As anyone who follows the world of bankruptcy knows, as of October 17, 2005, substantial and, from the point of view of consumers, painful changes were made to the Federal Bankruptcy Laws. At the behest, primarily, of the credit card providers and banks, who had been lobbying for years, new legislation was drafted and approved setting the stage for stricter requirements governing (primarily, though not exclusively) personal bankruptcy. This legislation came at great cost to its proponents, and it was expected that it would lead to fewer defaults and more repayment plans, all of which would redound to the benefit of the banks and credit card issuers.
While it is still too early to say, with any certainty, what the overall effect on defaults will be, it seems that, statistically, Chapter 7 filings are rising again, and the expected relative increase of Chapter 13 repayment plans may not, in fact, be materializing. Fewer debtors than one might expect have been disqualified from Chapter 7 relief by “means testing.”
In addition, at the same time that the new bankruptcy laws were taking effect, credit card issuers and banks were finding creative ways to avoid usury problems by domiciling themselves in creditor-friendly states, such as South Dakota, and default rates for consumers now exceed 30% in some cases. Defaults, for those consumers (virtually all of them, I daresay) who have not read the fine print in their credit card disclosures, may be caused not only by late payments, but by high debt to income ratios observed in periodic reviews by card issuers, and defaults under other credit card agreements. The consolidation of issuers, of course, means that there are only a few issuers out there now. Coupled with this have been changes to “minimum payment” rules, so that where a credit card holder carrying a balance might have been able to carry a $250 per month minimum payment, the combination of 30+% APR’s and higher minimum payment rules may have increased that to $600, or more.
Multiply that by the 5 or 6 cards that a consumer might be holding, and, well, one can easily see where this is going. But that same cardholder is now facing higher obstacles to Chapter 7 filings, simply by being, statistically, in the “middle class” and exceeding his or her state’s median income.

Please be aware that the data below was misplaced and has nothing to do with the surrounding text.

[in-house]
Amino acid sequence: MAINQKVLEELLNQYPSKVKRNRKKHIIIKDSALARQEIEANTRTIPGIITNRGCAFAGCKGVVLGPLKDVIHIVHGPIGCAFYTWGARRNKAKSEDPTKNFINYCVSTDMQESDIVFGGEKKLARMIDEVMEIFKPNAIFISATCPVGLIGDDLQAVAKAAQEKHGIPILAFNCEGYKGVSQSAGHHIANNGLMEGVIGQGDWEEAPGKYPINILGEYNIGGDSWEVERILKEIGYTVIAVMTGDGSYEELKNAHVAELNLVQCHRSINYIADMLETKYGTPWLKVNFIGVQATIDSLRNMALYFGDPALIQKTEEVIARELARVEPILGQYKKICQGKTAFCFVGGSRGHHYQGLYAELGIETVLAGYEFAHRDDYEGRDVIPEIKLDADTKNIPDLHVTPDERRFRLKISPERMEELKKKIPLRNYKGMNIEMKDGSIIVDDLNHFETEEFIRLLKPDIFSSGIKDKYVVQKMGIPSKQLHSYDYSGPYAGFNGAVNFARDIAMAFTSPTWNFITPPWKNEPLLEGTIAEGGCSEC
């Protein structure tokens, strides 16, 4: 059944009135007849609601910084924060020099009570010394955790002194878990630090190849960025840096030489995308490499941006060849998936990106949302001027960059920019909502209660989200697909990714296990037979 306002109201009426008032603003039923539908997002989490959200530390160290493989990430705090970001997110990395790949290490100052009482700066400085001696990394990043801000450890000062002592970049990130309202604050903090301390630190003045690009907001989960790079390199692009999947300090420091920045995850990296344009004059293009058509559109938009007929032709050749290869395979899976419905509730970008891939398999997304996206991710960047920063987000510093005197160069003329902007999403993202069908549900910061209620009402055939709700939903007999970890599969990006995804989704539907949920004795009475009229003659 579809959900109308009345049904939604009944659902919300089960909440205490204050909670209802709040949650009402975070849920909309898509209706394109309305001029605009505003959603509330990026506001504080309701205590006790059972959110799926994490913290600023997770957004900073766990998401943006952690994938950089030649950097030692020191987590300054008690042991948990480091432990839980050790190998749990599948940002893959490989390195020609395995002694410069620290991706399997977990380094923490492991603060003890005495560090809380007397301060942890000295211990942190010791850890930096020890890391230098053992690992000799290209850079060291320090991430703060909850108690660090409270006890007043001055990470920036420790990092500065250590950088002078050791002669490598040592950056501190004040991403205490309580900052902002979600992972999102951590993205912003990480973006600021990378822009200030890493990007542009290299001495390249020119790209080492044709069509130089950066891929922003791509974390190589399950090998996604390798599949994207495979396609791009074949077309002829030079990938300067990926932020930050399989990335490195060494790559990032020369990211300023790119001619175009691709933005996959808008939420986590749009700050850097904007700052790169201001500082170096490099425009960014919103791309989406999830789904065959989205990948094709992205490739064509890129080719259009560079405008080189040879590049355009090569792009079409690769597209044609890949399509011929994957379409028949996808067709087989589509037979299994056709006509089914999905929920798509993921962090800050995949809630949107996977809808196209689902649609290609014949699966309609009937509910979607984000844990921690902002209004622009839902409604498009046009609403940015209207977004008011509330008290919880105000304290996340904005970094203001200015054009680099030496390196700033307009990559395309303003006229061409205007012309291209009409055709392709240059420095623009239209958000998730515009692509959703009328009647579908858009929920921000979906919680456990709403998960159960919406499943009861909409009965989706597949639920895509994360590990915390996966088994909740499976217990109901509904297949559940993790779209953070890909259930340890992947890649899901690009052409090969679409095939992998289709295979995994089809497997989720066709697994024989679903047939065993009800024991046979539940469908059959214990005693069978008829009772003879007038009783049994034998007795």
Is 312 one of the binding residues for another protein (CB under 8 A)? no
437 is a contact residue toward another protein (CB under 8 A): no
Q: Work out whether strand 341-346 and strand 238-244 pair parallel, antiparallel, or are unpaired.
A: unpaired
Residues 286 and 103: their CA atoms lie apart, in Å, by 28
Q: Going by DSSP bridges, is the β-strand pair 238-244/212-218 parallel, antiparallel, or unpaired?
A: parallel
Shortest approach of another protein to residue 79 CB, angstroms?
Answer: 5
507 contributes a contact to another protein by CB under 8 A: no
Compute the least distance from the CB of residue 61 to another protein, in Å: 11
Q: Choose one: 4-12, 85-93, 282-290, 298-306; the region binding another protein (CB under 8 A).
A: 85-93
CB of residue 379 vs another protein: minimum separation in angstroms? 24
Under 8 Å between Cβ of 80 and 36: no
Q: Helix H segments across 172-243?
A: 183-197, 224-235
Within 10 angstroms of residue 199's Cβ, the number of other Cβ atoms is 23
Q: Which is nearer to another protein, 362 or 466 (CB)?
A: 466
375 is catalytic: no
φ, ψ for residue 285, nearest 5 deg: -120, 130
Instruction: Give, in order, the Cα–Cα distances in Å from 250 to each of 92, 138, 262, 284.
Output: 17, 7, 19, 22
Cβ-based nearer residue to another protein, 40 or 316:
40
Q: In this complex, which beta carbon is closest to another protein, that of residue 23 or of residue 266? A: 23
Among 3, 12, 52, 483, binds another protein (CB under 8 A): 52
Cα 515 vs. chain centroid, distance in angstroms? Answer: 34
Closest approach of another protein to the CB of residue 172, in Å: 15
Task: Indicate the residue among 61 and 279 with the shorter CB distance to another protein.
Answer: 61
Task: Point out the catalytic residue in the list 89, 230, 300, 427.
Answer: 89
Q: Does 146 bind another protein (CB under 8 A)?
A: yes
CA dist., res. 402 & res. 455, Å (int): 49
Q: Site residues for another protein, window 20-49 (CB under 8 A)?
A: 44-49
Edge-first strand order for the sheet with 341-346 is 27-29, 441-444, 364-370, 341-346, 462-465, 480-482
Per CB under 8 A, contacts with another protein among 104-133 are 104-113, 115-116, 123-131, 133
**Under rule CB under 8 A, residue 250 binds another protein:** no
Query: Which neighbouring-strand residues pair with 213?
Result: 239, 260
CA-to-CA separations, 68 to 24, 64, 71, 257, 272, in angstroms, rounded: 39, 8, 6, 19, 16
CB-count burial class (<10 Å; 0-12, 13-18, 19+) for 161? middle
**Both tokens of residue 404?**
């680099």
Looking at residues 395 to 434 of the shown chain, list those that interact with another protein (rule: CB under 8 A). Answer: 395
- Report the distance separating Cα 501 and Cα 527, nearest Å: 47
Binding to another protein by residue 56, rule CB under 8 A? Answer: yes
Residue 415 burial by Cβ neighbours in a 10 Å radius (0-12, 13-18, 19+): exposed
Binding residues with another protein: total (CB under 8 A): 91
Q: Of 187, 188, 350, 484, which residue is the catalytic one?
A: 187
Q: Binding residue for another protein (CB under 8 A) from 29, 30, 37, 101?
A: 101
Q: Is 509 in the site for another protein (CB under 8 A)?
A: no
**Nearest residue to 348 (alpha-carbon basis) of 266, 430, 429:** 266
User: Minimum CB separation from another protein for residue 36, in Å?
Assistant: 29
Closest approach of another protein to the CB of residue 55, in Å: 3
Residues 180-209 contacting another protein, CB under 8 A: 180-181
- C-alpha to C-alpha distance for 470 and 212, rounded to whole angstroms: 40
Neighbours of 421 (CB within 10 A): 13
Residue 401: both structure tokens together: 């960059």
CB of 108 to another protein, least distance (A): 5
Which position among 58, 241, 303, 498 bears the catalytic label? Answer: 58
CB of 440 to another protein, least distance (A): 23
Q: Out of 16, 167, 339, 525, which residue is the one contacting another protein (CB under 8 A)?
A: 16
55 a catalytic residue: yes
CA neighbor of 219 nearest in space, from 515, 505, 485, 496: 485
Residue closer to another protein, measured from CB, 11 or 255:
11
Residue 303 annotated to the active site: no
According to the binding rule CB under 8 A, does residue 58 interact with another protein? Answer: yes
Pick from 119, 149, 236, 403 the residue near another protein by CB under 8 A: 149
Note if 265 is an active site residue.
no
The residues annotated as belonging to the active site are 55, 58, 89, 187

What will the result of this be? It’s hard to tell, but one likely scenario is higher defaults with no bankruptcy option. For those cardholders who own a home, with equity, Chapter 13 may not be a viable option because of the sheer amount of debt they are now carrying, relative to their incomes, so the risk of losing their homes may be substantially enhanced. If this happens on a large-scale basis, there will surely be an outcry to “reform” the “reform.” The credit card issuers and banks, having paid dearly for this legislation, may well have overplayed their hand.
Furthermore, those cardholder who can, have, in large numbers, been paying off their balances, outraged as they are by being socked with APR’s exceeding 30%. This has already hurt the bottom line of credit card issuers and their bank affiliates, who make nothing on cardholders who don’t carry a balance. The pot of gold for them is in cardholders carrying balances and paying high rates, and even better, those consumers paying late fees when they get in over their heads, or overlimit fees when, as in many cases, the suddenly increased interest rates take them unexpectedly over their limits. Late fees and overlimit fees are often now in the $40-$50 range.
The result? Less income for the creditors as consumers have wised up. MBNA and Capital One, two huge credit card providers, are seeing their profits sink. Other credit card providers are reporting similar results. Highly dependent on the consumer's desire to run up debt, these companies are now seeing their profit margins drop sharply. In a nutshell: high consumer debt equals big profits; low consumer debt levels equals low profits.
During the last five to ten years, beginning in the halcyon days of the late 1990’s when, it seems, everyone was an internet or high tech millionaire on paper, Congress was amenable to bankruptcy reform to address real or perceived abuses. The banks had the will and the cash to finance legislation and, after years of almost getting there, finally crossed over into the “Promised Land” in 2005. By contrast, consumers, many of them unsophisticated, who had been given credit cards, with low “teaser” rates, just couldn’t resist the lure of easy credit, big screen TV’s.
Predictably, they acted irresponsibly. But while the lobbyists worked their magic for MBNA and Chase, the consumer had no lobby with which to oppose bankruptcy reform. I’m sure that for the most part, they had no clue as to what was in store for them. Those consumers in the lower economic strata still have no lobby, but they will still be eligible for Chapter 7 relief. The challenge for the banks is that the pain is moving up the ladder to the middle class homeowner. The howling is bound to be heard, and soon.
Copyright 2006 Warren R. Graham
Warren R. Graham is a New York attorney with the Firm of Cohen Tauber Spievack & Wagner LLP. He is a frequent writer on a variety of topics, including legal matters, political and religious affairs. His opinions are his own and do not necessarily reflect the views of his firm or its members. Additional information on him may be found at http://warrenrgraham.blogspot.com